Editor's note: The author does not wish to include her name on the story out of concern for her family's anonymity.
(CNN) - It was like any blind date. I had dressed in my Saturday best and walked to my favorite brunch restaurant in West Los Angeles to meet a guy - let's call him Raj - for the first time.
I recognized him from the pictures I'd seen, and we greeted each other with smiles and a firm handshake. We had e-mailed a few times and spoken on the phone to confirm our plans. He was polite; he didn't sit down in his chair until I did, and he paid the bill. Our conversation was casual to begin with: favorite movies, music, plans for the summer. No one would have guessed this setup was to be the start of an arranged marriage.
Most Westerners may think the concept of arranged marriage is backward or antiquated - and if you watch the old Indian movies, it can come across that way: two people meet once, or not at all, before their wedding day and then are forced to make a marriage work without even being consulted about their partner. In my family, at least, that was rarely the case. My parents met and spoke before their wedding day in India and were asked whether they each saw a future with the other.
It's easy for me to rebel against this tradition my family has maintained and say, "That was then, this is now." But despite having been born and raised in America, where arrangements like this are far from a cultural norm, I understand their perspective. All they want for me is security.
This wasn't so much an arranged marriage, but an arranged date, with great interaction, then maybe the possibility of marriage.
It is like legalized slave trading.
Really, Self hating much?
It's been going on for generations because the expectation is to keep family legacy (money, mostly) within their own social classes and ethnic places. I don't agree entirely, but I do understand it. The family structure is at least intact and they are led by decent values within their own culture, which is how they prefer to keep it for the future.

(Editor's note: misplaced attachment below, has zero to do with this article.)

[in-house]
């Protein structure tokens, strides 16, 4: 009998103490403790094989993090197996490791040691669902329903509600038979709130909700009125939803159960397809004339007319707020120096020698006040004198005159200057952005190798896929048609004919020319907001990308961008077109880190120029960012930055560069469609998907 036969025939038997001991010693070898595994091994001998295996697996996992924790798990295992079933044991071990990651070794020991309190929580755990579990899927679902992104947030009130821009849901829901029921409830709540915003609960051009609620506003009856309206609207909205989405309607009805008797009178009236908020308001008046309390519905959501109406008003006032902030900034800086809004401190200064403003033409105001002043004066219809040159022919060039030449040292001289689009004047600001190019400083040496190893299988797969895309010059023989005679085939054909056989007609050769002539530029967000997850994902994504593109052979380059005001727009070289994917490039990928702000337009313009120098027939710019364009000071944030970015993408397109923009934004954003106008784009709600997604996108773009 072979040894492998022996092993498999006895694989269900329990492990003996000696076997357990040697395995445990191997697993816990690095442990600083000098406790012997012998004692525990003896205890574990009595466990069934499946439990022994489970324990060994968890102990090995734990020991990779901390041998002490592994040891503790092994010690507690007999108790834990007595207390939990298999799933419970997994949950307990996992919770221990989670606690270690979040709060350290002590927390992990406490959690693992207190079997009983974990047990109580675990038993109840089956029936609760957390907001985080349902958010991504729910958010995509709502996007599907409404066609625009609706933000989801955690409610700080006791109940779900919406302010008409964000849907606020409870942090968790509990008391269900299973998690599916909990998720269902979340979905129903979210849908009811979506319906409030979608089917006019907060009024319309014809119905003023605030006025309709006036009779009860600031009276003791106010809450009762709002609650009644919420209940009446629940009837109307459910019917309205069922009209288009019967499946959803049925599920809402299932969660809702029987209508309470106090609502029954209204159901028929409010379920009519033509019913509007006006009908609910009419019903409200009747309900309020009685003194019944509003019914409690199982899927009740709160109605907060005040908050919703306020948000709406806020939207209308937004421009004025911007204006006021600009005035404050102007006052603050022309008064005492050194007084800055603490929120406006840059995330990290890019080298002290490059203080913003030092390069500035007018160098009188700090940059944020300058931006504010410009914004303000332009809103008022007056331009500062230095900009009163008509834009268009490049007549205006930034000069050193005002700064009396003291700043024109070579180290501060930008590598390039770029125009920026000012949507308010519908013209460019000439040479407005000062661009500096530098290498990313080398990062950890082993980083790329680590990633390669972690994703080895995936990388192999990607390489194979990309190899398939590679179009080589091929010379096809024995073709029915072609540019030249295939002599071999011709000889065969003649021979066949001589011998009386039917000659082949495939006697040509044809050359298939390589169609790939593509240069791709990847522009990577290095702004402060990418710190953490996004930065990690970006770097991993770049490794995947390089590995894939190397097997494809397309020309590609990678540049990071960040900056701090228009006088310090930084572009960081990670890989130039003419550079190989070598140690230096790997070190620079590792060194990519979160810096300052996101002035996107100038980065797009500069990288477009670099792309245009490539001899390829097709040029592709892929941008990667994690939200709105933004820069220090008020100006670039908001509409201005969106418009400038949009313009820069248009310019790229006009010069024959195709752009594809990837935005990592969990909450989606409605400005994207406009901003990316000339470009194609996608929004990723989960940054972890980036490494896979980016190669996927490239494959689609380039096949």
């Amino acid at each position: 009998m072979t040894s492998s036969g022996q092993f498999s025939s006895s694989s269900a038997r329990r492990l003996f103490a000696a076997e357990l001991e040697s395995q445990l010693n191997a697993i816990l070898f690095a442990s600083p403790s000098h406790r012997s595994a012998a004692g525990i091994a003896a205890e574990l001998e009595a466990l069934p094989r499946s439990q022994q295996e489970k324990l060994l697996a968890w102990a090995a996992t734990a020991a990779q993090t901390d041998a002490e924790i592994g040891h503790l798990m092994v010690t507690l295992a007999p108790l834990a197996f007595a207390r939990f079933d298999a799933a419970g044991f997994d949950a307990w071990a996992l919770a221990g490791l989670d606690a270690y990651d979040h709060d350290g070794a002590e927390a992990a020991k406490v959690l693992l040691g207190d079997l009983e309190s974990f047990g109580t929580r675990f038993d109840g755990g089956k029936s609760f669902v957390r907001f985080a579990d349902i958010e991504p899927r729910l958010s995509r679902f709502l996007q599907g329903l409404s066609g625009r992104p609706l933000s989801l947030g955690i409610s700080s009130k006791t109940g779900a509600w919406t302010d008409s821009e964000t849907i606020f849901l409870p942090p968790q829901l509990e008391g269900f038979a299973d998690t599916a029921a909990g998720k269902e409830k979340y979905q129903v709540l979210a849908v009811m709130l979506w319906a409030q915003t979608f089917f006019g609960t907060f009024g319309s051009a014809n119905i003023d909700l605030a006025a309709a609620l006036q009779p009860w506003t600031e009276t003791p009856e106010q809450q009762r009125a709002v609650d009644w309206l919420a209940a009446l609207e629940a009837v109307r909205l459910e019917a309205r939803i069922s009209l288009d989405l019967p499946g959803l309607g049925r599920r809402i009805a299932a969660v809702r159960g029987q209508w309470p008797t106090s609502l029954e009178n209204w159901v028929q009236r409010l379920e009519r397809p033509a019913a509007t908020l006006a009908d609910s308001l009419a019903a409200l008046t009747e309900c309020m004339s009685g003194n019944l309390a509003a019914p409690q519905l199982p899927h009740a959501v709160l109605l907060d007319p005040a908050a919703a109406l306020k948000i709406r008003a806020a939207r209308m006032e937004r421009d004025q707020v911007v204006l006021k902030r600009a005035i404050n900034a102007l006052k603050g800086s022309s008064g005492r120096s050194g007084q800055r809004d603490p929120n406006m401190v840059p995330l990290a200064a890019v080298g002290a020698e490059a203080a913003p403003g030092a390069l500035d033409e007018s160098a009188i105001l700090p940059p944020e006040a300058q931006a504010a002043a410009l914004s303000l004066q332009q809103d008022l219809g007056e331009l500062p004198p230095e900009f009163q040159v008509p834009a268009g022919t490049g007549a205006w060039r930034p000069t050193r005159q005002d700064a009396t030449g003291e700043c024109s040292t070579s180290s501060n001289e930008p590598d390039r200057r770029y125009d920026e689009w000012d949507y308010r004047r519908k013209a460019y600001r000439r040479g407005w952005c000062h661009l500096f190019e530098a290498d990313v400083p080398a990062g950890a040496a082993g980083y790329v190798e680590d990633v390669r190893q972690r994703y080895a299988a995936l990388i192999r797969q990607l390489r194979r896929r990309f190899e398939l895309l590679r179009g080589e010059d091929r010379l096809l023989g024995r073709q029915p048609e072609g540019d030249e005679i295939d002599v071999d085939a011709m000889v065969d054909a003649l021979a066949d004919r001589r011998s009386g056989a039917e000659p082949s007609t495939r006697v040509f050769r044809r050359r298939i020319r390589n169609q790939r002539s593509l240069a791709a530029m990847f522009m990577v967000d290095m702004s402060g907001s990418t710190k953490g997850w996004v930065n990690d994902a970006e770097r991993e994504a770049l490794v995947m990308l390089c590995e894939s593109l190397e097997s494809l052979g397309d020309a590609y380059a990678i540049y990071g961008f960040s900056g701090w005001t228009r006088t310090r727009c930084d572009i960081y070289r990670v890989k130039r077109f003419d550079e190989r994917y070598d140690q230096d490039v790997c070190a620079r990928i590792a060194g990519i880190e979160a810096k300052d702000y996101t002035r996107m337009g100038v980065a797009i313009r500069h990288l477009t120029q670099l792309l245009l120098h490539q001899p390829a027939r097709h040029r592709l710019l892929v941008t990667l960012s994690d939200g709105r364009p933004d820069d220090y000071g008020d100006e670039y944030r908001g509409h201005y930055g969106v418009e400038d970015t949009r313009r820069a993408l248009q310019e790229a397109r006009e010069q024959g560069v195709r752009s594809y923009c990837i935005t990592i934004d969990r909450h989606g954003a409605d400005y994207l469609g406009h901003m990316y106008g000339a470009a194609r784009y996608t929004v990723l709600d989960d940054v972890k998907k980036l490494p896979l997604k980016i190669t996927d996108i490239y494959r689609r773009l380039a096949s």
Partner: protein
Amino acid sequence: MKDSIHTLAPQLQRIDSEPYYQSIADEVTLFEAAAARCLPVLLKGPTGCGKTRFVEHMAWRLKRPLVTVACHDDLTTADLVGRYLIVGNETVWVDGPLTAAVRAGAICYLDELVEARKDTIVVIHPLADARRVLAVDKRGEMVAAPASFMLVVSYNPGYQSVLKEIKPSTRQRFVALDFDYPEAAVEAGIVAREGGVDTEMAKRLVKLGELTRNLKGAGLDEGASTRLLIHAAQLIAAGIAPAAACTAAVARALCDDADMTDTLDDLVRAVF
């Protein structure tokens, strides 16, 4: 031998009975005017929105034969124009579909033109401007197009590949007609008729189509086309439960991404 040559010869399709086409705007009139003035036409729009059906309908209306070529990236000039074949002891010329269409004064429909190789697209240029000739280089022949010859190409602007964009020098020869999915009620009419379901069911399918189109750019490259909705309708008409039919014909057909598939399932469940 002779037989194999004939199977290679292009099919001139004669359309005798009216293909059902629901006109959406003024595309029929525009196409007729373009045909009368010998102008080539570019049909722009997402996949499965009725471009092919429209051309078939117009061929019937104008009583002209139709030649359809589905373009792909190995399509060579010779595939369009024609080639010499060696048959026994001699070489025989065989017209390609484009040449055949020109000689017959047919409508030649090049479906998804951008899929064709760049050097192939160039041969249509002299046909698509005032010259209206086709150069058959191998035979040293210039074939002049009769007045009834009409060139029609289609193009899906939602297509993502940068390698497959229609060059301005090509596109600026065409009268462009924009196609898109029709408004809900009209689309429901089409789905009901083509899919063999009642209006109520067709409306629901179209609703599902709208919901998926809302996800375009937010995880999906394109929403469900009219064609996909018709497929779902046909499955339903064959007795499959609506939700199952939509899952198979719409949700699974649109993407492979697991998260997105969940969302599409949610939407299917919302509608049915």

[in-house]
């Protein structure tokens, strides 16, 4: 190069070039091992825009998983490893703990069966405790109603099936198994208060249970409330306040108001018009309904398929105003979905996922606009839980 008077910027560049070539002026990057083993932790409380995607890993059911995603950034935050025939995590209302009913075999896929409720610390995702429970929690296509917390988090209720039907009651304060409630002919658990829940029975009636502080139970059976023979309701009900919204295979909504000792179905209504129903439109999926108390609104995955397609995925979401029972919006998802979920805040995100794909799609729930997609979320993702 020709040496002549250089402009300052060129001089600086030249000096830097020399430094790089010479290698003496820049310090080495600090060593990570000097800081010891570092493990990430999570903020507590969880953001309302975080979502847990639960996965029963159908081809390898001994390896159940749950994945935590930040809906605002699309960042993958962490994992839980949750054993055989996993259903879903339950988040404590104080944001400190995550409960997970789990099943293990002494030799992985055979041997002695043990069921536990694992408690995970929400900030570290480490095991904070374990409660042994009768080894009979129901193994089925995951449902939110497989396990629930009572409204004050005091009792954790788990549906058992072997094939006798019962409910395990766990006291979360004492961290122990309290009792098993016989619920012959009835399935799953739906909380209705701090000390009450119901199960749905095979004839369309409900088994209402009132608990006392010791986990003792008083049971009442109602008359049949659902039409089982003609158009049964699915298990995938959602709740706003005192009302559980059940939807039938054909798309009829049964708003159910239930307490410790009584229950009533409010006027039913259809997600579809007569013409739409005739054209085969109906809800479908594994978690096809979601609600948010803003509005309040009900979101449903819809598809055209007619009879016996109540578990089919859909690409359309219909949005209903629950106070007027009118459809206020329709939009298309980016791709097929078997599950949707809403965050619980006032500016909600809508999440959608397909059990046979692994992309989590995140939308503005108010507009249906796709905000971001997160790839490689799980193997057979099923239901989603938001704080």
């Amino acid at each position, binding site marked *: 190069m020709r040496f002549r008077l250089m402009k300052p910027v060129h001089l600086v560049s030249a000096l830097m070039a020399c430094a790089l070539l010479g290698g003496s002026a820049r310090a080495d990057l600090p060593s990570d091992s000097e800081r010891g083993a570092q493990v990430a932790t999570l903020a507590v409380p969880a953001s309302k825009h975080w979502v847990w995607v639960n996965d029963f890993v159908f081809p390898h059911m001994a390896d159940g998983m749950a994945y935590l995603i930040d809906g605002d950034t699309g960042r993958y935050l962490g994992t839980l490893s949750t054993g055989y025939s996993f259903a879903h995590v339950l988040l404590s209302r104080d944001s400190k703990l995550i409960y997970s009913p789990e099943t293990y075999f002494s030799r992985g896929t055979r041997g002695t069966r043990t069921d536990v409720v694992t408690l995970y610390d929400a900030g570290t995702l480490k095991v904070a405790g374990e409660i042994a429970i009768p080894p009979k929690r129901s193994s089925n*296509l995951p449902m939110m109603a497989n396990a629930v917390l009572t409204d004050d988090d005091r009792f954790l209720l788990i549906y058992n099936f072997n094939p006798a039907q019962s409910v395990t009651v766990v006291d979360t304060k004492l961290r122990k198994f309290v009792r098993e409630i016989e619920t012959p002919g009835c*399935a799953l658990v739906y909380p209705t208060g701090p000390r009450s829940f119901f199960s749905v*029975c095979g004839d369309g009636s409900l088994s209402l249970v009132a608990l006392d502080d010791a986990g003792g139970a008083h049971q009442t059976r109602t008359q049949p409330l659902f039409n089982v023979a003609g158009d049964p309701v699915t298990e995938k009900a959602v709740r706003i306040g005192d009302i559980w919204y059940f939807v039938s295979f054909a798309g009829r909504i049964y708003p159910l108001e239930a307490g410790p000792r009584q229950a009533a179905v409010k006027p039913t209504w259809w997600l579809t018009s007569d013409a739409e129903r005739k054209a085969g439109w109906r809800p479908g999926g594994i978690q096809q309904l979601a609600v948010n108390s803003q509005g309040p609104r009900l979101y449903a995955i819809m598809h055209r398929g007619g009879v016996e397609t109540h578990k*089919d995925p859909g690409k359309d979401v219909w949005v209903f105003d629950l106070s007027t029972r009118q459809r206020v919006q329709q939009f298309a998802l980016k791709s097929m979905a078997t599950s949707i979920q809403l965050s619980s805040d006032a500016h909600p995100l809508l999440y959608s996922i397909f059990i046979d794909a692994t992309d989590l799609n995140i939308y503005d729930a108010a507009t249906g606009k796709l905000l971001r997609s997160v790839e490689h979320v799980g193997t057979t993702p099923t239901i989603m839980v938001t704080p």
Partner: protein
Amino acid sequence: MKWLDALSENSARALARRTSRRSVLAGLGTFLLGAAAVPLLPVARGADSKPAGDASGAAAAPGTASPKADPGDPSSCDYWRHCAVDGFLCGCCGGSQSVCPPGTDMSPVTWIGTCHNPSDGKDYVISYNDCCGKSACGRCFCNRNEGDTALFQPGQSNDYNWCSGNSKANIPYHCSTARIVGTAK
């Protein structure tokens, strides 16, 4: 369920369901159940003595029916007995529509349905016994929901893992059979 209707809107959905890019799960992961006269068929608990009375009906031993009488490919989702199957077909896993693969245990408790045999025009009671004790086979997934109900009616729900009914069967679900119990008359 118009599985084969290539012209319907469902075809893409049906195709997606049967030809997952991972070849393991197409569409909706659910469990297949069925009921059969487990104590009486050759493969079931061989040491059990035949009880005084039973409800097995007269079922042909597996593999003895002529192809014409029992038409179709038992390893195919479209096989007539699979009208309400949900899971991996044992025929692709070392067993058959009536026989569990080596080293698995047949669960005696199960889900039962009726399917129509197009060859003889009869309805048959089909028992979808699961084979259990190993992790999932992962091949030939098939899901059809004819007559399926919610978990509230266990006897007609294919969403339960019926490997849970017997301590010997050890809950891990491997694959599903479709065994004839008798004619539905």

NEW YORK: Renowned Indian activist and novelist Arundhati Roy has decried the silence of the international community over the continued “brutal Indian occupation of Kashmir” and said Kashmiris should be given the right to self-determination……
She said so little was known about the atrocities being committed by more than half a million Indian troops, the continuing repression and indignities let loose on Kashmiri men, women and children.
More than 700,000 troops were concentrated in the tiny valley, with checkpoints at every nook and corner of Kashmiri towns and cities. The huge Indian presence, she added, was in sharp contrast with 160,000 US troops in Iraq.
Ms Roy alleged that Indian army or security personnel were killing young children, adding that Kashmiris were not radical Islamists or jihadists as India portrayed them. She deplored the Indian government’s attempts to demonise Kashmiris who were moderate Muslims.